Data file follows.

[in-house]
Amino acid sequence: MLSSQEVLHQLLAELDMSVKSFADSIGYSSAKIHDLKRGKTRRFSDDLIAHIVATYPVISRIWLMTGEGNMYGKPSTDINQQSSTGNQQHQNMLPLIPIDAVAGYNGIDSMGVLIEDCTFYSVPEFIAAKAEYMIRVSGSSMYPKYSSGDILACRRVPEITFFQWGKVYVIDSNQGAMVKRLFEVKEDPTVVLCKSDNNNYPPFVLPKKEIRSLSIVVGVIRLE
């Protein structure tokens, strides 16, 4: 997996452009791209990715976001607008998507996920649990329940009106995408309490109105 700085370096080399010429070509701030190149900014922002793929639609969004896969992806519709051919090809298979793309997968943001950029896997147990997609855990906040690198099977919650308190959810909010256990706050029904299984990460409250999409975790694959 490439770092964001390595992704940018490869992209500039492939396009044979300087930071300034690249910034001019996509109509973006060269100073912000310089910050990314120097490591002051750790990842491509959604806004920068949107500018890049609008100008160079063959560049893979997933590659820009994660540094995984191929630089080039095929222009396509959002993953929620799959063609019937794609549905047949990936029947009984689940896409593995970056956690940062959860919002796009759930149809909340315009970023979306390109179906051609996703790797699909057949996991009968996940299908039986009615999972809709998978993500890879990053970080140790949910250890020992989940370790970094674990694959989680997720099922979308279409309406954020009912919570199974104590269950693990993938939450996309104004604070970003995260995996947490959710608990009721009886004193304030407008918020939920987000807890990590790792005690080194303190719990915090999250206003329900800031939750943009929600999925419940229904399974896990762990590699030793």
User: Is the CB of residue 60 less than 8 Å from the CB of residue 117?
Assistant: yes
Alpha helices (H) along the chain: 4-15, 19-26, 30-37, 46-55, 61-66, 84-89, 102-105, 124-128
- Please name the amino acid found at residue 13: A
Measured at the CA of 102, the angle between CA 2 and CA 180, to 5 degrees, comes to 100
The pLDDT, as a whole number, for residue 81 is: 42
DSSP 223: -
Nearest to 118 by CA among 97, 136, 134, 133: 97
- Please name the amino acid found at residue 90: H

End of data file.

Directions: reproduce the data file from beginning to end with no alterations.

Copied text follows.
[in-house]
Amino acid sequence: MLSSQEVLHQLLAELDMSVKSFADSIGYSSAKIHDLKRGKTRRFSDDLIAHIVATYPVISRIWLMTGEGNMYGKPSTDINQQSSTGNQQHQNMLPLIPIDAVAGYNGIDSMGVLIEDCTFYSVPEFIAAKAEYMIRVSGSSMYPKYSSGDILACRRVPEITFFQWGKVYVIDSNQGAMVKRLFEVKEDPTVVLCKSDNNNYPPFVLPKKEIRSLSIVVGVIRLE
């Protein structure tokens, strides 16, 4: 997996452009791209990715976001607008998507996920649990329940009106995408309490109105 700085370096080399010429070509701030190149900014922002793929639609969004896969992806519709051919090809298979793309997968943001950029896997147990997609855990906040690198099977919650308190959810909010256990706050029904299984990460409250999409975790694959 490439770092964001390595992704940018490869992209500039492939396009044979300087930071300034690249910034001019996509109509973006060269100073912000310089910050990314120097490591002051750790990842491509959604806004920068949107500018890049609008100008160079063959560049893979997933590659820009994660540094995984191929630089080039095929222009396509959002993953929620799959063609019937794609549905047949990936029947009984689940896409593995970056956690940062959860919002796009759930149809909340315009970023979306390109179906051609996703790797699909057949996991009968996940299908039986009615999972809709998978993500890879990053970080140790949910250890020992989940370790970094674990694959989680997720099922979308279409309406954020009912919570199974104590269950693990993938939450996309104004604070970003995260995996947490959710608990009721009886004193304030407008918020939920987000807890990590790792005690080194303190719990915090999250206003329900800031939750943009929600999925419940229904399974896990762990590699030793």
User: Is the CB of residue 60 less than 8 Å from the CB of residue 117?
Assistant: yes
Alpha helices (H) along the chain: 4-15, 19-26, 30-37, 46-55, 61-66, 84-89, 102-105, 124-128
- Please name the amino acid found at residue 13: A
Measured at the CA of 102, the angle between CA 2 and CA 180, to 5 degrees, comes to 100
The pLDDT, as a whole number, for residue 81 is: 42
DSSP 223: -
Nearest to 118 by CA among 97, 136, 134, 133: 97
- Please name the amino acid found at residue 90: H